Bill’s Bio – Chapter 5

March 1, 2008

The Answer

Posted 3-1-08

You know, flying can be an adventure…  I flew this week, and it was not an adventure, but it was somewhat interesting, in a masochistic sort of way. 

The interesting thing about my hometown airport is that you cannot get anywhere from here. You always have to go somewhere else to get where you want to go…

Of equal interest is the fact that the reverse is also true – you can’t get here from anywhere else, either, without going somewhere you don’t want to be before you can get home… It’s not unlike the concept of Purgatory…

I had been sitting on planes and in airports since early afternoon, so imagine my elation when, after a 3 hour layover in Las Vegas, 11:25 PM finally rolled around and it was time to board flight 2791 to Fresno (my home airport)! Woohoo!  Everybody boarded and we were all ready to take off.  Then came the wonderful news that the 1 hour 10 minute flight could be done in 30 minutes because the route could be changed due to the lateness of the hour. (I was soon to discover that this was a lie.  Oh, the flight time could be reduced, but not – really – for the stated reason…)

This, indeed, was wonderful news and was greeted with great joy by all of the passengers – The entire plane was abuzz with excitement…  Then the pilot announced that we would be taking off at a speed of 150 miles per hour – I have never heard that announcement in my entire travel life, but was happy to know that we wouldn’t be just-a-moseying down the runway and attempting to launch into space at 5 MPH.

11:55 PM:  We push back from the gate and begin to taxi to the runway.  The anticipation starts to build…

12:10 AM:  We are still taxi-ing to the runway.

12:15 AM:  We are still taxi-ing to the runway.

12:25 AM:  We are still taxi-ing to the runway.

Keep in mind that we are actually moving this entire time. The lady sitting next to me asked “Shouldn’t we be going faster than this?”  I think we were taking a few warm up laps around the city of Las Vegas.

To say that the people on board were anxious would be a severe understatement…  To say the flight attendants were probably considering taking over the cockpit and getting us off the ground before Global Warming is declared dead is probably a lot closer to the truth.  (The flight attendants were not immune to the frustration.  The one in the back of the rather small plane turned to one of the passengers and said “come on – take off already!”)

Finally, at 12:35 AM the wheels went up and we were actually flying!  And we DID make the flight in 30 minutes!

At some point during the “Sunday drive,” I figured out the trick for reducing the flight time:  You can’t do it by changing course in the air. You have to do it by driving ¾ of the way to your destination before you take off.  Really – it works!

Right about now you are probably wondering what this has to do with the Central doctrine of Rock and Roll.  Well, absolutely nothing.  But it has EVERYTHING to do with keeping you in suspense…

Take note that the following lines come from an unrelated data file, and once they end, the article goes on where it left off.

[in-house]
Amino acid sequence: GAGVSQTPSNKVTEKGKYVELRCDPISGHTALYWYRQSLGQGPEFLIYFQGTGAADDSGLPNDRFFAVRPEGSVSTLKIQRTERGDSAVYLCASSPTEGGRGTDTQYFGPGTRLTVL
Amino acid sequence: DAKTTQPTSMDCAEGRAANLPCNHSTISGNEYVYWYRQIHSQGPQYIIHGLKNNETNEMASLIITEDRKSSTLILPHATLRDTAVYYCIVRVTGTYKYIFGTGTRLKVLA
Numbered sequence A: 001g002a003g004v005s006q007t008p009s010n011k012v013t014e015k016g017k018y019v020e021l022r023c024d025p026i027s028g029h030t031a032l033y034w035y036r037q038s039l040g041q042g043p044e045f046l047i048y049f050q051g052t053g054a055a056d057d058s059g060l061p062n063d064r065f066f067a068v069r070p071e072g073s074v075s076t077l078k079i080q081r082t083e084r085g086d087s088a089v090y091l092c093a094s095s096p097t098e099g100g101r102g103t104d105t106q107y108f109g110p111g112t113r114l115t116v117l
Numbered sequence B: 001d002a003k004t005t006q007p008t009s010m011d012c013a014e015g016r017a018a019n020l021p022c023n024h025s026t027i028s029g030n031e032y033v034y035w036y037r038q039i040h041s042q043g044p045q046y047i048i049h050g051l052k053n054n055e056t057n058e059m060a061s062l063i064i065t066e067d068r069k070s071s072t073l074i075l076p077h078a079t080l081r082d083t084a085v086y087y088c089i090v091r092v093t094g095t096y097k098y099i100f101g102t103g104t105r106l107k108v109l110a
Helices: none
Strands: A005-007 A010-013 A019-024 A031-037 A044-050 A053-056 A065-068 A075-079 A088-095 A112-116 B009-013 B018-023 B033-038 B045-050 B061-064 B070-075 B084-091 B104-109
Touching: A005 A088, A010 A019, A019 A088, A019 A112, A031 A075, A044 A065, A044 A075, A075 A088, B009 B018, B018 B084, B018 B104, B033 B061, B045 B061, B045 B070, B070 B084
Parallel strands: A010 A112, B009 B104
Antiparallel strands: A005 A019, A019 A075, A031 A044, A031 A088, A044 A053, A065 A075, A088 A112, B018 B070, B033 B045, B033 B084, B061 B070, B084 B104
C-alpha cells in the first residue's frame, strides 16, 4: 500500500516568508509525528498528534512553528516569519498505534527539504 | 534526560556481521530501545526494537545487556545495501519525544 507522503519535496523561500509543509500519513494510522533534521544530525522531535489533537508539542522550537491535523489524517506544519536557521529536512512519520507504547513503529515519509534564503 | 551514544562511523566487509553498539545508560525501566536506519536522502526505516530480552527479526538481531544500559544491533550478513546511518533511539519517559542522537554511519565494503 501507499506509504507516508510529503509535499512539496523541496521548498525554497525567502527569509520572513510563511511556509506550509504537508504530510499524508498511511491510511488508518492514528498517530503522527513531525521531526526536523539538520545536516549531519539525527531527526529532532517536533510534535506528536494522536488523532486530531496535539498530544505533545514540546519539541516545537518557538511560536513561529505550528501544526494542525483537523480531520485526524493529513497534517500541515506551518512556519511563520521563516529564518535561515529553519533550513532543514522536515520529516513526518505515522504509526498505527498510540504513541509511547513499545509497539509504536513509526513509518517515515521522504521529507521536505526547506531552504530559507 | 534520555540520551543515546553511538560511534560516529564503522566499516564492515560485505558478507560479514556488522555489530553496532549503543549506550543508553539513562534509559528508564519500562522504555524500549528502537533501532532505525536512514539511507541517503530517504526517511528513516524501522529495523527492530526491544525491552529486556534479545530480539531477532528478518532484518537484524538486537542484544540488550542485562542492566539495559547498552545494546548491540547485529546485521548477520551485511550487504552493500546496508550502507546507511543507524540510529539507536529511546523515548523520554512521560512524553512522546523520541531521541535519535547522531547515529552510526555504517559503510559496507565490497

Now back to our regularly scheduled program…

Many of you clicked on the ‘Mystery Link” at the end of Chapter 4.  I applaud you for your industriousness!

For those of you who didn’t go that way, the link led to a once in a lifetime opportunity to demonstrate your knowledge of the Great Secret of Rock and Roll.  Those who went there got a chance to guess at what the Secret is, and, I must say, there were some good guesses.  For example:

  • “To make the music easy to dance to” – that was really close, but not quite right.
  • “Good beat to dance to and simple lyrics” – That one was even closer, but still a little short.
  • “To channel Elvis” – this was my personal favorite, but not even on the same stage as the real truth. Sorry…

To those of you who got it right, you are either guitar players or incredibly good guessers.

Anyway, now that I had become enlightened, I was stunned at how simple Rock music really is (or was at that time, which, of course, was the time when I was discovering how simple it was).

Once I figured out “Cupid”, it was just a matter of listening to other songs I wanted to learn to play and adapting what I had learned in “Cupid” to those pieces.  If my new-found knowledge wasn’t so exciting, it would have been really boring and I may never have progressed beyond “Cupid.”

OK.  Are you ready?

Really ready?

You’re not just saying that to make me get on with it, are you?

If you’re not ready, you had better say something RIGHT NOW, because if you don’t I’m gonna tell you and spoil the surprise…

So if that’s where you are, you better shut your eyes before you read the next line…

Not this line – a couple of lines down…

The “Real Secret” of Rock and Roll is…

90% of rock songs require the use of only 3 chords… 

OK, those of you who weren’t ready can open your eyes now…

  1. Ms. Kathleen Ann Margaret Kammerer Marsh! Says:
    March 4, 2008 at 10:23 am   editWell, I hope the last episode of “LOST!” isn’t as jaw-dropping. I don’t think my heart can take it!

    On another note, at least your plane took off and landed safely!

  2. Shawn Kammerer Says:
    March 20, 2008 at 9:39 pm   editI’d just like to say that rock music has evolved substantialy since my father’s musical enlightenment; that 90% is now down to 85%. 10% of the remainder figured out how to include a fourth chord, and the other 5% forgot how those first three chords went, and abandoned the whole concept of chords.
  3. Patrick Says:
    August 4, 2008 at 8:18 am   editShawn’s right, but I wanted to add that (so far as I know), the first well-known rock groups to use more than three chords were The Beatles and the Beach Boys.

    Not that the three chords have ever really been eclipsed. Think of Tom Petty’s “Free Fallin’,” for example. Three chords, and it still waxes lesser songs on radio station playlists everywhere.

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